Flight Attendants’ Shifting Dress Codes a Sign of the Times

A little-known Ukrainian airline, SkyGo, has made a headline-grabbing move by proudly and publicly rejecting the outdated dress standards for women that still prevail in much of the airline industry. SkyGo’s female staff now sport loose-fitting slacks in Ukraine’s famous orange, along with an orange blazer, a white T-shirt and white sneakers.

See for yourself; it’s Nike chic. And it obviously makes far more sense for workers who might spend 10-12 hours busy placating customers cooped up like battery hens.

SkyUp Airlines say that they decided to put an end to high heels and pencil skirts following feedback on the dress code from their staff. “We found out that despite the fact that the image of a female flight attendant is very romanticized, their job demands a lot of physical training,” said SkyUp’s PR team.

But of course, the company is also obviously aware of the move’s marketing potential, as well as its value in a Ukraine striving to define itself against the more conservative standards prevailing in Russia. SkyUp’s female staff, too, are still obliged to wear make-up and must follow certain approved hair-styles.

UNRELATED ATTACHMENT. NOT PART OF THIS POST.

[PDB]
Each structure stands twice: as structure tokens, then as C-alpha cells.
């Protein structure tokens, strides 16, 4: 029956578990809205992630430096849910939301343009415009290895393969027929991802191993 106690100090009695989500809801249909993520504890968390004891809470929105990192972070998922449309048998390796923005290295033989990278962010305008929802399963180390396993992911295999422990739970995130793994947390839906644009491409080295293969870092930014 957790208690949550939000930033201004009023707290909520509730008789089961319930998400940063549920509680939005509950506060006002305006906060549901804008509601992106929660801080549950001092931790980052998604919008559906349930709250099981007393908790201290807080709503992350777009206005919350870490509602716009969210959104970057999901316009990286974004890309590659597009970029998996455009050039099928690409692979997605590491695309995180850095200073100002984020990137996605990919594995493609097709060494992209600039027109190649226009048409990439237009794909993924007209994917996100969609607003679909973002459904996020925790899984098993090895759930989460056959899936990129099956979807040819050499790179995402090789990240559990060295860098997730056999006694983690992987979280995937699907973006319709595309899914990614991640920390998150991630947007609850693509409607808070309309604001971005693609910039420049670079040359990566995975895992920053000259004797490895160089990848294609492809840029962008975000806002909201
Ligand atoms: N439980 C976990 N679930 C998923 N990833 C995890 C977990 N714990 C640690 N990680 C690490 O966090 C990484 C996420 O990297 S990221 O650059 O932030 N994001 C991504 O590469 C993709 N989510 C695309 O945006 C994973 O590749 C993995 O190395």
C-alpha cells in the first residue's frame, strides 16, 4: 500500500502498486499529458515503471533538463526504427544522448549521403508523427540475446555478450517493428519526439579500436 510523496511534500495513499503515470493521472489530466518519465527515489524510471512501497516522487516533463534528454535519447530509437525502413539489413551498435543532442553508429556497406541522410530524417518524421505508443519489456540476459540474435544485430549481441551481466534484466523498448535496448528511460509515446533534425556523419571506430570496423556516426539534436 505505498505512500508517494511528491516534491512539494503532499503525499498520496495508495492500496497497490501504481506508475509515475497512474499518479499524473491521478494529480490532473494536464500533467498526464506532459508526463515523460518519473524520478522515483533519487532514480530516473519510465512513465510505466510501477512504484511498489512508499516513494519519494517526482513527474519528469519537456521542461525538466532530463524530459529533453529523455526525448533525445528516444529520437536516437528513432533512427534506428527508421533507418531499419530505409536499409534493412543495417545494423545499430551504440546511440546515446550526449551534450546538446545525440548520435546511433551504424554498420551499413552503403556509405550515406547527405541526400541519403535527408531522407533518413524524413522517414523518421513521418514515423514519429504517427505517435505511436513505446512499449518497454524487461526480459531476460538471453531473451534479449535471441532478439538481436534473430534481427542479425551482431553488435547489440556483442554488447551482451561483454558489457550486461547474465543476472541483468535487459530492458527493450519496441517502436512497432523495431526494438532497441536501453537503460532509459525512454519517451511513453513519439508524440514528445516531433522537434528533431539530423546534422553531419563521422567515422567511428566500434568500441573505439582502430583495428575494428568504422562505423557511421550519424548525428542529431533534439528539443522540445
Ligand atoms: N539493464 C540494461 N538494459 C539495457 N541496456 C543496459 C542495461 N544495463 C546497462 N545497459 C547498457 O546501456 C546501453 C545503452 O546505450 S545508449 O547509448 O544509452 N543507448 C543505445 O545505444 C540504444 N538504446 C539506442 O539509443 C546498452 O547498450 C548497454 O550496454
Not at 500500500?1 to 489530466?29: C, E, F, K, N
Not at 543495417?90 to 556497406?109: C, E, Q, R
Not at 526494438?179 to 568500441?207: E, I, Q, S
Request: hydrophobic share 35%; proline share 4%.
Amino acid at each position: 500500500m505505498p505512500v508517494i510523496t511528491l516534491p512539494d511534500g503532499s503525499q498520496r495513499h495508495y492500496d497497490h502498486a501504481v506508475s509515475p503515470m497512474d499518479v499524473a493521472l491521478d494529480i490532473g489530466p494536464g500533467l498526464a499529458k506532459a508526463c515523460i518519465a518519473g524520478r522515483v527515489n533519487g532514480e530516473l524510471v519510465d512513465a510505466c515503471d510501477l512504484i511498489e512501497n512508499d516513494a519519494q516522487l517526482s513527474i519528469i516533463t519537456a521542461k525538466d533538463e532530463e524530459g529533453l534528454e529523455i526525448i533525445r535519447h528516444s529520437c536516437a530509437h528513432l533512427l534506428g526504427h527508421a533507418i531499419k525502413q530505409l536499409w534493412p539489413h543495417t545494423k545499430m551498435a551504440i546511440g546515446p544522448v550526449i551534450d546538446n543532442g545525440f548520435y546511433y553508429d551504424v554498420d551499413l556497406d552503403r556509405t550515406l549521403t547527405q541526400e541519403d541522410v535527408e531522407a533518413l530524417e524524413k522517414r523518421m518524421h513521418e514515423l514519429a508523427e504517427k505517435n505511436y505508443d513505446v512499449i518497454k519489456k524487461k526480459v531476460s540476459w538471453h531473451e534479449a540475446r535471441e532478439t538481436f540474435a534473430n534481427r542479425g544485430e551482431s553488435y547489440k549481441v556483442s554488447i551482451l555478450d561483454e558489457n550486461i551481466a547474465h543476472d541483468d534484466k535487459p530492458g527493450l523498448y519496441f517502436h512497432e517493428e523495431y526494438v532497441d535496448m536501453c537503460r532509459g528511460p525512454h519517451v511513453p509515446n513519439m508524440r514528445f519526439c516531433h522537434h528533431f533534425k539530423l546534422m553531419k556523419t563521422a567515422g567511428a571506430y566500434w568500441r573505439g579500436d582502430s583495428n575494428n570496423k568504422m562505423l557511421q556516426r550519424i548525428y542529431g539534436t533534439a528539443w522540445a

All the same, it’s a significant step for women in the industry. Most female flight attendants are still obliged to wear heels, and can only change out of them once on board.

In the US (and with Australia following suit), reform has come not so much through marketing as legal pressure. High heels on board are now a health and safety concern, and airlines have had to pay out millions of dollars for firing visibly pregnant flight attendants in the 70s and 80s.

The airline industry is famous for making sexist standards the norm for its flight attendants. Yet airlines are a high visibility business, and the issues facing flight attendants have long been an over-glamourised version of the issues facing women in the hospitality industry more generally.

A 2018 survey in Australia claimed 89% of women in hospitality had experienced sexual harrassment at work. The remaining 11% most likely have an atypical definition of harassment.

A change of dress code is likely to make a small but real difference toward better treatment of women in the workplace.

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Images via Facebook page of SkyUp Airlines.

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